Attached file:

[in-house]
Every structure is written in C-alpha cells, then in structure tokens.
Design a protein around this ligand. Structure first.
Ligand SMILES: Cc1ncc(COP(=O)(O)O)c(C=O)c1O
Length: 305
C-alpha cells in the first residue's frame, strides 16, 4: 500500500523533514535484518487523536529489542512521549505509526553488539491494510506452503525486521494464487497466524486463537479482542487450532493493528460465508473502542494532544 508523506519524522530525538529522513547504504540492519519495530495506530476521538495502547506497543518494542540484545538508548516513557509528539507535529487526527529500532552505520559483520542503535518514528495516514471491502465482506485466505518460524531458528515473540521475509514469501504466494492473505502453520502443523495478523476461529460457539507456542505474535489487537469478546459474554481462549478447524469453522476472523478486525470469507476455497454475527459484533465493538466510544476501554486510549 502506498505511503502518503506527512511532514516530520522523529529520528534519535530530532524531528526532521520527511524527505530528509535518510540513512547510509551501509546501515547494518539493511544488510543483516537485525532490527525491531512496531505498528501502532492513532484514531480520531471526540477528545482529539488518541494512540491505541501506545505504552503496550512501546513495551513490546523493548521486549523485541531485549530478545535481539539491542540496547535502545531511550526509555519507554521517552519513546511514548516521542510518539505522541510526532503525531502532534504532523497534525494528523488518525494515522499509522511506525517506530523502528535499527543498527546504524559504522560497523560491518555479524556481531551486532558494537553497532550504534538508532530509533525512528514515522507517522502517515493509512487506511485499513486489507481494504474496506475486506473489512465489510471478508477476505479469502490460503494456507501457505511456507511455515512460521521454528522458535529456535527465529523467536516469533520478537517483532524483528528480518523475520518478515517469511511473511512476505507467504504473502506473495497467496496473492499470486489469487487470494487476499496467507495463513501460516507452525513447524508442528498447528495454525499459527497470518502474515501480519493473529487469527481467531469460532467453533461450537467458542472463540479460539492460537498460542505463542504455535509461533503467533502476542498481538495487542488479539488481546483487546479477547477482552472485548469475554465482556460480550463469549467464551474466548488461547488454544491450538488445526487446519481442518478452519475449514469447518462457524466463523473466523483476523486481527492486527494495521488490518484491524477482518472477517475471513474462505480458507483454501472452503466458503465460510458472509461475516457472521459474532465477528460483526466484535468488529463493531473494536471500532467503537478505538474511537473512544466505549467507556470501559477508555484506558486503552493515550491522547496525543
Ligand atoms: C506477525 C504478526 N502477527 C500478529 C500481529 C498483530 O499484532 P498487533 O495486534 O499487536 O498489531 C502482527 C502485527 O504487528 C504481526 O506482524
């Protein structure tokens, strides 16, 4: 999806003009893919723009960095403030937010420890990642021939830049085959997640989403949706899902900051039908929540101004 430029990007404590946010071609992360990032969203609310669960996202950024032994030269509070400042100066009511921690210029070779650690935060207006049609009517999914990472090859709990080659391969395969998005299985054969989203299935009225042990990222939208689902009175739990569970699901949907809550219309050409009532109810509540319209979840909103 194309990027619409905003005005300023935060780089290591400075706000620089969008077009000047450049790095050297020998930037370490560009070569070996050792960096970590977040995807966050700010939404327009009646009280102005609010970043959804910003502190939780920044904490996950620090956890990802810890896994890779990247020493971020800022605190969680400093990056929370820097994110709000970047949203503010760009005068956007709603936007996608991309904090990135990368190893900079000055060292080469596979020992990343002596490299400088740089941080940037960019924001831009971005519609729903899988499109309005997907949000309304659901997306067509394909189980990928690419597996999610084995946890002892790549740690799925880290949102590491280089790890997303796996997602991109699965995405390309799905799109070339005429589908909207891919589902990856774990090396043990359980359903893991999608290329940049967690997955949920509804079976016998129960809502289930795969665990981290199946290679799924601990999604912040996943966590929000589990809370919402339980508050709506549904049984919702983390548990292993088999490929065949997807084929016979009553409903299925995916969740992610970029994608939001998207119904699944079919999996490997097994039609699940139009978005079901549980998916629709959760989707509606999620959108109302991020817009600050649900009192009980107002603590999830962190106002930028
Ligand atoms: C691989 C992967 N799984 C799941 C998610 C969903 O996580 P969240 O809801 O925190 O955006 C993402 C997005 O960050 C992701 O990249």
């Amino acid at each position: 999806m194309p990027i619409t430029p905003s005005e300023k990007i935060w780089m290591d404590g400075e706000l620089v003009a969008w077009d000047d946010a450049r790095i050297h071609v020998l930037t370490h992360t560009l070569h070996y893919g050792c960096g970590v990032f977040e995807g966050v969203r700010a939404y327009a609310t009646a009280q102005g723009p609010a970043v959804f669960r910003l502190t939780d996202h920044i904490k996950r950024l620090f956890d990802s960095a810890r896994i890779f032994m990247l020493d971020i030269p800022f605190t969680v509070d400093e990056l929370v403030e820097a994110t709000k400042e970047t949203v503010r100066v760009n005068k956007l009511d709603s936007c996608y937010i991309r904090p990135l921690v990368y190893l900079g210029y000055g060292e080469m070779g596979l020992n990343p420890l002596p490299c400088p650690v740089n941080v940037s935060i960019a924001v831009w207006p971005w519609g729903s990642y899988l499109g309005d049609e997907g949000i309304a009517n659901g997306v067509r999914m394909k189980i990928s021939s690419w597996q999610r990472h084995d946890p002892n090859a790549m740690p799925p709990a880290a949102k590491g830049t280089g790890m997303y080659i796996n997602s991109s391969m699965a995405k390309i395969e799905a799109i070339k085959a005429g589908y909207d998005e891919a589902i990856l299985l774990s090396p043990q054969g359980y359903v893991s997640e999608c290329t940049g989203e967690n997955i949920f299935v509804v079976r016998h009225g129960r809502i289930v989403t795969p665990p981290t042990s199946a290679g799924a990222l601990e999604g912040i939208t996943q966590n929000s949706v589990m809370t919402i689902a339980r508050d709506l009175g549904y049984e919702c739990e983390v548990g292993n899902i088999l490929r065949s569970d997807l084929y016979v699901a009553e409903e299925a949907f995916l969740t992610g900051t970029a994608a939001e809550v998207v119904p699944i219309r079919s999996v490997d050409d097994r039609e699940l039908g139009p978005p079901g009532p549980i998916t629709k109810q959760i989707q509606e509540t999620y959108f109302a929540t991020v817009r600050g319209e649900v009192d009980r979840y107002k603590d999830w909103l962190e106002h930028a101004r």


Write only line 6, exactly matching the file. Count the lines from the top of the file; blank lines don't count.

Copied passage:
C-alpha cells in the first residue's frame, strides 16, 4: 500500500523533514535484518487523536529489542512521549505509526553488539491494510506452503525486521494464487497466524486463537479482542487450532493493528460465508473502542494532544 508523506519524522530525538529522513547504504540492519519495530495506530476521538495502547506497543518494542540484545538508548516513557509528539507535529487526527529500532552505520559483520542503535518514528495516514471491502465482506485466505518460524531458528515473540521475509514469501504466494492473505502453520502443523495478523476461529460457539507456542505474535489487537469478546459474554481462549478447524469453522476472523478486525470469507476455497454475527459484533465493538466510544476501554486510549 502506498505511503502518503506527512511532514516530520522523529529520528534519535530530532524531528526532521520527511524527505530528509535518510540513512547510509551501509546501515547494518539493511544488510543483516537485525532490527525491531512496531505498528501502532492513532484514531480520531471526540477528545482529539488518541494512540491505541501506545505504552503496550512501546513495551513490546523493548521486549523485541531485549530478545535481539539491542540496547535502545531511550526509555519507554521517552519513546511514548516521542510518539505522541510526532503525531502532534504532523497534525494528523488518525494515522499509522511506525517506530523502528535499527543498527546504524559504522560497523560491518555479524556481531551486532558494537553497532550504534538508532530509533525512528514515522507517522502517515493509512487506511485499513486489507481494504474496506475486506473489512465489510471478508477476505479469502490460503494456507501457505511456507511455515512460521521454528522458535529456535527465529523467536516469533520478537517483532524483528528480518523475520518478515517469511511473511512476505507467504504473502506473495497467496496473492499470486489469487487470494487476499496467507495463513501460516507452525513447524508442528498447528495454525499459527497470518502474515501480519493473529487469527481467531469460532467453533461450537467458542472463540479460539492460537498460542505463542504455535509461533503467533502476542498481538495487542488479539488481546483487546479477547477482552472485548469475554465482556460480550463469549467464551474466548488461547488454544491450538488445526487446519481442518478452519475449514469447518462457524466463523473466523483476523486481527492486527494495521488490518484491524477482518472477517475471513474462505480458507483454501472452503466458503465460510458472509461475516457472521459474532465477528460483526466484535468488529463493531473494536471500532467503537478505538474511537473512544466505549467507556470501559477508555484506558486503552493515550491522547496525543